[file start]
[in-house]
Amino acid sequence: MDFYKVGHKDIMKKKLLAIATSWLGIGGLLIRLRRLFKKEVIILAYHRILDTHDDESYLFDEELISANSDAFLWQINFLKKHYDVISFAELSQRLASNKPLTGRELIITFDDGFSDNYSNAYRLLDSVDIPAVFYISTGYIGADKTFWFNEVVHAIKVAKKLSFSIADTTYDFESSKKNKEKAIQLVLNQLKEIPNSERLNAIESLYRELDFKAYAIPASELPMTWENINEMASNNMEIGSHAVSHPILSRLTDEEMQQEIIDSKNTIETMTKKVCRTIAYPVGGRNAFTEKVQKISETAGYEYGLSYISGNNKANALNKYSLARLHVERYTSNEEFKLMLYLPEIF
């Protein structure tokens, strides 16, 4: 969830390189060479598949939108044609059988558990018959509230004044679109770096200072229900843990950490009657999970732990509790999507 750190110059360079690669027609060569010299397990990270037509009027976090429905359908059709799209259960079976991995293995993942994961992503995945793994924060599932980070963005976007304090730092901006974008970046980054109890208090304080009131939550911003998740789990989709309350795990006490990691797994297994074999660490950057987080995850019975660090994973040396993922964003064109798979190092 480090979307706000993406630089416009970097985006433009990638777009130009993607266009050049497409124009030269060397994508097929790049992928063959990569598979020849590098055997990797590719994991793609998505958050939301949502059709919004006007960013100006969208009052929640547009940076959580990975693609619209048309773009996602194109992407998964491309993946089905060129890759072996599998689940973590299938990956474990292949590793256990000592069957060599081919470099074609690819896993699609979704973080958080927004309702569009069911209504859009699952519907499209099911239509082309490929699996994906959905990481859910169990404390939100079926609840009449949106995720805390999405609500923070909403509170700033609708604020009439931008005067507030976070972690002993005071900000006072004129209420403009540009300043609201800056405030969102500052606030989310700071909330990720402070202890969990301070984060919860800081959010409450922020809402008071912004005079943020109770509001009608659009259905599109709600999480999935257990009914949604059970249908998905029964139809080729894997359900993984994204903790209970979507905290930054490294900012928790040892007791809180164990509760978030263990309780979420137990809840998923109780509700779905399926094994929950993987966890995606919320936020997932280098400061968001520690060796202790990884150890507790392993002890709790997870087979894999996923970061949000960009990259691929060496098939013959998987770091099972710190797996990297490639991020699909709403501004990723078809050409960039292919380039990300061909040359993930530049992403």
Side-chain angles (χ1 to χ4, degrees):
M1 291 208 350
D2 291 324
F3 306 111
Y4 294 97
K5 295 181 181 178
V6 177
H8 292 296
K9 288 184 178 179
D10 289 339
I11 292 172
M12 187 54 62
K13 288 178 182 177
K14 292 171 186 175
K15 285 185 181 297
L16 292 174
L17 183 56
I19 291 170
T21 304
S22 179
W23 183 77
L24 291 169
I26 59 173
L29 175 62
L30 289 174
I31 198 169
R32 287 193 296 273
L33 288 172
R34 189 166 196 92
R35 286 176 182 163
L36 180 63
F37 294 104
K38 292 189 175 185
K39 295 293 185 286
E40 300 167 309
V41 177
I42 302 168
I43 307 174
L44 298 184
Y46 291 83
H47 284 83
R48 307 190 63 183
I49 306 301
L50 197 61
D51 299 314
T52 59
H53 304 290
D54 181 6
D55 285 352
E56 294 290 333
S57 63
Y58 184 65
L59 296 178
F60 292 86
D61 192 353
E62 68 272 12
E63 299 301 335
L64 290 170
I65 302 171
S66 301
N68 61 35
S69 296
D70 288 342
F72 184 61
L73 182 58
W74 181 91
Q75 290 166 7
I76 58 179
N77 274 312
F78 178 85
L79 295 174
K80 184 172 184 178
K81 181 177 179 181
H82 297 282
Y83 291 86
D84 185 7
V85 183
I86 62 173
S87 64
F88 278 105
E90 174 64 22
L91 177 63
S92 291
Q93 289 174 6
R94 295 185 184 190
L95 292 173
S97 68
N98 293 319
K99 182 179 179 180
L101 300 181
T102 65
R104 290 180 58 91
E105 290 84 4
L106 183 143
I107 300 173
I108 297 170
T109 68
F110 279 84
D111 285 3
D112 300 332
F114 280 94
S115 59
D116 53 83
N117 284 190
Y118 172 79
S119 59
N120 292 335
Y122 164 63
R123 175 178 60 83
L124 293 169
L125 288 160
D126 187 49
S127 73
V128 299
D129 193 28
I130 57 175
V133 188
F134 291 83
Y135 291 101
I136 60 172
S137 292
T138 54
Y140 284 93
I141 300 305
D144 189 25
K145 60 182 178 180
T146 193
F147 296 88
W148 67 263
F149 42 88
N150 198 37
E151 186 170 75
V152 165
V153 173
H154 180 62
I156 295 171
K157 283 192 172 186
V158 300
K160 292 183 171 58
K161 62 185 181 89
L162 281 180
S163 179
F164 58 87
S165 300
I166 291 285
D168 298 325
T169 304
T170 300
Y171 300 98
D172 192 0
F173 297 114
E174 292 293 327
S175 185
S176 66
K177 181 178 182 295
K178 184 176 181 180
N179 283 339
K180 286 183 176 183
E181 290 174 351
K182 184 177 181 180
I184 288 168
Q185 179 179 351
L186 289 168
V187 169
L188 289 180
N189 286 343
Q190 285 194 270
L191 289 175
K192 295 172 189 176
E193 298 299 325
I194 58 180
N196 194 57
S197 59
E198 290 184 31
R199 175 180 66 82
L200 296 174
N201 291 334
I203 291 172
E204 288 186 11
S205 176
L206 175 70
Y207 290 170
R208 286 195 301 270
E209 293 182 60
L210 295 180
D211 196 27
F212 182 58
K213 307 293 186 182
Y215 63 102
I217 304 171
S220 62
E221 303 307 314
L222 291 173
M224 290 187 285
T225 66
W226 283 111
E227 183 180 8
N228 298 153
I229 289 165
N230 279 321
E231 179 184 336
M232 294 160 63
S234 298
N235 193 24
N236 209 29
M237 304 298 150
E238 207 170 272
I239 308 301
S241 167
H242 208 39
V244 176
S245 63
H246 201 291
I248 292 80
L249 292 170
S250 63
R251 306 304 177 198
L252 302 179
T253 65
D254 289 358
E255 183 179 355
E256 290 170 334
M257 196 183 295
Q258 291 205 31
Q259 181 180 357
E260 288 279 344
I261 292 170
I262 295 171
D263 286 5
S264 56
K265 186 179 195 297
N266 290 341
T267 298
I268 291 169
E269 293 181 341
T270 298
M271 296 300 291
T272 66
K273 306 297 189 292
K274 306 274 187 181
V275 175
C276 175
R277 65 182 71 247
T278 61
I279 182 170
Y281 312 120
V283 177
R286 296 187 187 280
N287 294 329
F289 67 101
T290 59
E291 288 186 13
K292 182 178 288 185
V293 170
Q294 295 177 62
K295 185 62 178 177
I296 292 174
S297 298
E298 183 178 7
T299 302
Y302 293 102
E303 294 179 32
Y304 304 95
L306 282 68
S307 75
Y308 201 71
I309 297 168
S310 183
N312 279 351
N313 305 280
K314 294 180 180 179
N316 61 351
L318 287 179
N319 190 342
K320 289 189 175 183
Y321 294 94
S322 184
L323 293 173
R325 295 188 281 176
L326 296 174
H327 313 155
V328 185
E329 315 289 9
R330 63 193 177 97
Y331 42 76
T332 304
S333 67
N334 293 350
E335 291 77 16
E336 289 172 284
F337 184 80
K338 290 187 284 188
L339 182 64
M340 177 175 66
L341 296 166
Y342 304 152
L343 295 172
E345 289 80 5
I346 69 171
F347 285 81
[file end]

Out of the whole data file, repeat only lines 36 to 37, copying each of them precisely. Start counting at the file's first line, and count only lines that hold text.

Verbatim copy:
K38 292 189 175 185
K39 295 293 185 286